It is true, of course, that Muslims and Mormons can say similar things about their books. That does not necessarily prove what is claimed; it just shows that people can be mistaken and deceived. This fearful reality greatly humbles my intellectual pride because I realize that it was not by my searching and understanding that I came to know God and His Word. The lost sheep did not find the Shepherd; it was the Good Shepherd who sought after and found the lost sinner. I can never thank God enough for opening my eyes to see and believe His Word.
Furthermore, you argue that the only sure foundation for our knowledge is the witness of an infallible Church. In other words, you reason this way:
You probably don't realize that your argument about subjectivity can be applied with equal force to your position. When I ask you why you believe that the books of the Bible are inspired, you appeal to the constant witness of the church over 2000 years. Well and good. You can add that piece of valid evidence to the reasons in my list, for I too regard the witness of the church to be generally reliable and trustworthy (though not infallible). As a matter of fact, I also mentioned this reason in my answer. I wrote: 'First of all, I was influenced by the testimony and teaching of the church (the Roman Catholic Church in my childhood, and by the writing of godly Protestant authors later on) to a high and reverent esteem of the Bible.'
Your conviction that the Bible is inspired rests on your presupposition that the church is infallible. Can't you see that this is also subjective? How do you know for sure that the church is infallible? From a purely logical point of view, we cannot avoid an element of subjectivity.
You got yourself entangled in your own thesis. Remember your original aim, namely to convince me that the church is infallible? Now look where you place that proposition. You place it in as the first premise rather than at the conclusion of the argument. You did not prove that the church is infallible; youíre simply assuming that it is.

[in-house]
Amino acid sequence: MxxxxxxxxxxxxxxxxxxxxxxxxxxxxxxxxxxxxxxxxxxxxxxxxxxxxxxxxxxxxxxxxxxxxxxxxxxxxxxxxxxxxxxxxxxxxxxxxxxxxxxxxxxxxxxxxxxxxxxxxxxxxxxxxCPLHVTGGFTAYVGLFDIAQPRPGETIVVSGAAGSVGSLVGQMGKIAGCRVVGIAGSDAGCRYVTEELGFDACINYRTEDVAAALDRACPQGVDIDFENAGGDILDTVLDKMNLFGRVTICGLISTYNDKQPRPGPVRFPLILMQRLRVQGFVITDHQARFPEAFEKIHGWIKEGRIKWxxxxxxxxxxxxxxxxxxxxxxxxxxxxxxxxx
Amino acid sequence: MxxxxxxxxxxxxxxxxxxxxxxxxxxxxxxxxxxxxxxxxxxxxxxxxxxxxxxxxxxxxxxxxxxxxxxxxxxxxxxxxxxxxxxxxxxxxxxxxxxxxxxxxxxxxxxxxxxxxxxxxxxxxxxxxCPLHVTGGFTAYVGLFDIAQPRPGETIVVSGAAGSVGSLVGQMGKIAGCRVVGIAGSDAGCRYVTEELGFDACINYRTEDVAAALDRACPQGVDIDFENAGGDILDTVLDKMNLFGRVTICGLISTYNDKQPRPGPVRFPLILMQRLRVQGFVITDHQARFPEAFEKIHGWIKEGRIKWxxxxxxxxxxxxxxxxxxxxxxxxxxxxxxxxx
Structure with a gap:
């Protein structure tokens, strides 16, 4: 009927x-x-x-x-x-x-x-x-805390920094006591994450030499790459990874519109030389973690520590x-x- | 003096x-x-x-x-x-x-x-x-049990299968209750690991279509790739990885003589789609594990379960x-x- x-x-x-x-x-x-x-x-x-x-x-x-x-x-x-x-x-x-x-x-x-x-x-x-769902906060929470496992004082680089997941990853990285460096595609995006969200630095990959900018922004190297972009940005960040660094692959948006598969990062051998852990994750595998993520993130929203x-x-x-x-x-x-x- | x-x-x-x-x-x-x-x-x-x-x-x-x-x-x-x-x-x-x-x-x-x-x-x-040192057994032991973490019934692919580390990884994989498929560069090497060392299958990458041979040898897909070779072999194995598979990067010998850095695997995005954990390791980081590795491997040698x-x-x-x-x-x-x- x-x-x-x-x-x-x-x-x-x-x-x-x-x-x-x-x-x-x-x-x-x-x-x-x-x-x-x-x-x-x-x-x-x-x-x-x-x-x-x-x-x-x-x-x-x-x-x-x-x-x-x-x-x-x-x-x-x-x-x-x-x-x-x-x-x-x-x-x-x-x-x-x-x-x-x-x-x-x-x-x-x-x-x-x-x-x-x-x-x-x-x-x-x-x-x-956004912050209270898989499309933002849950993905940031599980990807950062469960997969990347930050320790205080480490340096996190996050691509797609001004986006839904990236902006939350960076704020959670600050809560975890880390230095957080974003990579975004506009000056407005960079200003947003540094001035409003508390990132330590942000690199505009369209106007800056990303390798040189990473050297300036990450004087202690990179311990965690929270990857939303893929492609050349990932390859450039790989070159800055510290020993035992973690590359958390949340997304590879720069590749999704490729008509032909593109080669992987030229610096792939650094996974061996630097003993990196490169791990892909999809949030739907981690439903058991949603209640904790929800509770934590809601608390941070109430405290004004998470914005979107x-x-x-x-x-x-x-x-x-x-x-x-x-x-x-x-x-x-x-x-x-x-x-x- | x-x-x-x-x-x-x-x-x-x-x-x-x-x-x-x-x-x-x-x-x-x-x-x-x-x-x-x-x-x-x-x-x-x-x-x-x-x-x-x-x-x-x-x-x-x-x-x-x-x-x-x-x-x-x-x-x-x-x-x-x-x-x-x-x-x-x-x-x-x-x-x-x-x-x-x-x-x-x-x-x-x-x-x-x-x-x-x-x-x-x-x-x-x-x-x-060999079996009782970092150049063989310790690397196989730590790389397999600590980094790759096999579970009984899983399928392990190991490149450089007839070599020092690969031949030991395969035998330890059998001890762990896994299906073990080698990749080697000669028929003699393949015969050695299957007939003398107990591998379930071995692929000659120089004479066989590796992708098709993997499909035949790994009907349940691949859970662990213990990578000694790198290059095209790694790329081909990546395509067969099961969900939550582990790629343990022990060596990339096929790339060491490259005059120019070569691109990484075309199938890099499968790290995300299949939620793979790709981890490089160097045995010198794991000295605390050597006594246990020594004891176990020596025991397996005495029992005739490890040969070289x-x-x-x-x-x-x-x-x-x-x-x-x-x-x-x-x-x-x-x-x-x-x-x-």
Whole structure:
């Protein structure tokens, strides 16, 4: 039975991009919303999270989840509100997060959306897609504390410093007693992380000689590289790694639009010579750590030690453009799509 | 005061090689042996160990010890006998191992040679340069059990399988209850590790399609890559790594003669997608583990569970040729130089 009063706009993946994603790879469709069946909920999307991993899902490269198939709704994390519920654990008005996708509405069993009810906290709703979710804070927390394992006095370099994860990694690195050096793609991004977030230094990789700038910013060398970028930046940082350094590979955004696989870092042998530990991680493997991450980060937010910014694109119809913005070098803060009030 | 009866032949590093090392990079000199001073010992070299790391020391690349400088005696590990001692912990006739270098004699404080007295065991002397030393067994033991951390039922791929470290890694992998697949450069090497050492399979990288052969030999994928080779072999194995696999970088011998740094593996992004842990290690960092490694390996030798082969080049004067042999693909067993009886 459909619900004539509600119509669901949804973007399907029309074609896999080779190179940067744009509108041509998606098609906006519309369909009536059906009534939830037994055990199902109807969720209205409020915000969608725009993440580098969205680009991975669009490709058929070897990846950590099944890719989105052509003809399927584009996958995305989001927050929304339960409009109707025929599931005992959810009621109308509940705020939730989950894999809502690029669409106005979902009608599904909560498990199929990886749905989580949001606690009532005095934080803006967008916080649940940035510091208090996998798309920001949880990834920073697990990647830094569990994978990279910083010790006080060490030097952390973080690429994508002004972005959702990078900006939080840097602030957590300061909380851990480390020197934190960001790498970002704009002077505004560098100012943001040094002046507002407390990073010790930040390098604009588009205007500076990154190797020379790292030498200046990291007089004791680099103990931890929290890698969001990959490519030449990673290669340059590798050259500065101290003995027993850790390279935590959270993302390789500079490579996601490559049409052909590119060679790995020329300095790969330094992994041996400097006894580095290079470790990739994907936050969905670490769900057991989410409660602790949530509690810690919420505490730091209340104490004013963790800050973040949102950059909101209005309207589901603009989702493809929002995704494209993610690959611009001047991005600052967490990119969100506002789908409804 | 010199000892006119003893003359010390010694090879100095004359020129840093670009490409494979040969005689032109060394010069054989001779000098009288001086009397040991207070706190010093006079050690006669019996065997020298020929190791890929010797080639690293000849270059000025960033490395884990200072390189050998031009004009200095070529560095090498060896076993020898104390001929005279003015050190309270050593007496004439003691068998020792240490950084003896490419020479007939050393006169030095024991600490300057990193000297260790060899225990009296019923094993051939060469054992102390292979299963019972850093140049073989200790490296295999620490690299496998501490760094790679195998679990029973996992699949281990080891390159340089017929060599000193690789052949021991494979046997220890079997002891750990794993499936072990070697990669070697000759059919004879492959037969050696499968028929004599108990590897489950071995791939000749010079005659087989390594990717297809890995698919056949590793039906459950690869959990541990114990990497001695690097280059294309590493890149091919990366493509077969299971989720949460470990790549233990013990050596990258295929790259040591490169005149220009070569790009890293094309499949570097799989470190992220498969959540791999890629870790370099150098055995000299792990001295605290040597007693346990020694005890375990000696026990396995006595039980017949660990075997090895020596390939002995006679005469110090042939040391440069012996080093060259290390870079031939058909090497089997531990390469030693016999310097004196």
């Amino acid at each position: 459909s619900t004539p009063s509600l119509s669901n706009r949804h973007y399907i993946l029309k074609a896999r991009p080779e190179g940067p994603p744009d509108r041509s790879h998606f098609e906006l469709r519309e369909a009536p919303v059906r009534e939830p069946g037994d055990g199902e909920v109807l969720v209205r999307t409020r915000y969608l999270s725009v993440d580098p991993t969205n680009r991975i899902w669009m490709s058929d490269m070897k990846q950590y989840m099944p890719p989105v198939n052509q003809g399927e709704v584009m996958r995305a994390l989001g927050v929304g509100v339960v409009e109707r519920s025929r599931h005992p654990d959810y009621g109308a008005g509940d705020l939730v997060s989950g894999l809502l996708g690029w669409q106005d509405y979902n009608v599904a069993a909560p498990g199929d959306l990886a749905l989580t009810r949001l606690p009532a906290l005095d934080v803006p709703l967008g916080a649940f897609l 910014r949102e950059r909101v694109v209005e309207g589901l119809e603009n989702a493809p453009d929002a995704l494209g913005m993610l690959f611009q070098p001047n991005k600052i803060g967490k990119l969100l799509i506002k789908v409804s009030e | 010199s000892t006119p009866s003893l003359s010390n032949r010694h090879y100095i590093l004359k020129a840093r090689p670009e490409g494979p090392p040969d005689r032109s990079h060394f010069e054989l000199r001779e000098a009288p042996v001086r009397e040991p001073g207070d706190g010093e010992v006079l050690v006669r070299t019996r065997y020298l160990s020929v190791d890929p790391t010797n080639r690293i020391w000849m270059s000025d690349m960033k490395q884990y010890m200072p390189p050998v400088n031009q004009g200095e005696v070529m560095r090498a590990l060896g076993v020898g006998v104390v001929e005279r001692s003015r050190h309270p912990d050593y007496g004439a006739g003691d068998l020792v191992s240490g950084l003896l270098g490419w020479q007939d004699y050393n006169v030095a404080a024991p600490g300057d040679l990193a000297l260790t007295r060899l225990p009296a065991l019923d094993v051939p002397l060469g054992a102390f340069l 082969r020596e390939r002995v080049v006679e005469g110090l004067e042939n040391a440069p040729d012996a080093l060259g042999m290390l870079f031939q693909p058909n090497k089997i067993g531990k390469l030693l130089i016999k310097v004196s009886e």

To complicate matters, you use the Bible to justify your presupposition on the infallibility of the church. Take a second look at your argument:
'I believe that Jesus established a Church and that the gates of hell would not prevail against it. I believe that the Holy Spirit guides the Church into all truth and this is why I believe in the inspiration of the Bible.'
You start with a truth taken from the Bible, namely that Jesus established the church and that the gates of Hell would not prevail against it. And again, you take another truth from the Bible, namely that the Holy Spirit guides the church into all truth. But in all this youíre assuming that the Bible is inspired (otherwise you cannot be sure that what it teaches about the church is certainly true); and finally you come to the conclusion that the Bible is inspired. Thatís a classic example of circular argumentation. You are begging the question by tacitly assuming the truth of the conclusion ('the Bible is inspired') in the first premise ('the church is infallible because the inspired Bible so teaches').
Why don't you argue as follows instead, since your real intention is to prove the infallibility of the church?
You don't have the courage to present your argument in this way. If you do, you must first of all assert your belief in the inspiration of the Bible apart from the infallibility of the Catholic Church! Of course, as a Roman Catholic, you cannot do that.
The convoluted argument for the infallibility and authority of the Roman Catholic Church, popularized by modern Catholic apologists, is both invalid and insincere.
 Contrary to the Catholic assertion that the church is infallible, the Bible teaches that the church is subject to many moral and theological errors. It is enough to recall the experience of the Galatian and Corinthian churches. The apostle Paul writes to correct their various doctrinal and practical mistakes. [back]
© Dr Joseph Mizzi